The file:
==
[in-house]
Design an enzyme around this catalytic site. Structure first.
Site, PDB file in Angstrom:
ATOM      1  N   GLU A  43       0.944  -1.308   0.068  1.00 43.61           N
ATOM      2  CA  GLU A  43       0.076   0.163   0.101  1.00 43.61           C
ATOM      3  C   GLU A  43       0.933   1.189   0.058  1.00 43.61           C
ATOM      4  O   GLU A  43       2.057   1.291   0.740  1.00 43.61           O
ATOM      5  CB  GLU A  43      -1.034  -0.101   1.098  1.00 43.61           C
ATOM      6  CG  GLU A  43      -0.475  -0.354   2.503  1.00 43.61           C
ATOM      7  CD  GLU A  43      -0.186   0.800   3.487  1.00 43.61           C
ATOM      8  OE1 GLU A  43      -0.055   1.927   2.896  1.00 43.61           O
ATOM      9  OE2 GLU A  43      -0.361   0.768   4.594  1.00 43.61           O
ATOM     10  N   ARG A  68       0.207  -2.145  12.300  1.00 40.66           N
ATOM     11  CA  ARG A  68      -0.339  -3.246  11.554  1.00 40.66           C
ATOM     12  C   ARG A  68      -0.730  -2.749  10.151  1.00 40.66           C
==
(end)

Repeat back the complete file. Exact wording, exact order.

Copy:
[in-house]
Design an enzyme around this catalytic site. Structure first.
Site, PDB file in Angstrom:
ATOM      1  N   GLU A  43       0.944  -1.308   0.068  1.00 43.61           N
ATOM      2  CA  GLU A  43       0.076   0.163   0.101  1.00 43.61           C
ATOM      3  C   GLU A  43       0.933   1.189   0.058  1.00 43.61           C
ATOM      4  O   GLU A  43       2.057   1.291   0.740  1.00 43.61           O
ATOM      5  CB  GLU A  43      -1.034  -0.101   1.098  1.00 43.61           C
ATOM      6  CG  GLU A  43      -0.475  -0.354   2.503  1.00 43.61           C
ATOM      7  CD  GLU A  43      -0.186   0.800   3.487  1.00 43.61           C
ATOM      8  OE1 GLU A  43      -0.055   1.927   2.896  1.00 43.61           O
ATOM      9  OE2 GLU A  43      -0.361   0.768   4.594  1.00 43.61           O
ATOM     10  N   ARG A  68       0.207  -2.145  12.300  1.00 40.66           N
ATOM     11  CA  ARG A  68      -0.339  -3.246  11.554  1.00 40.66           C
ATOM     12  C   ARG A  68      -0.730  -2.749  10.151  1.00 40.66           C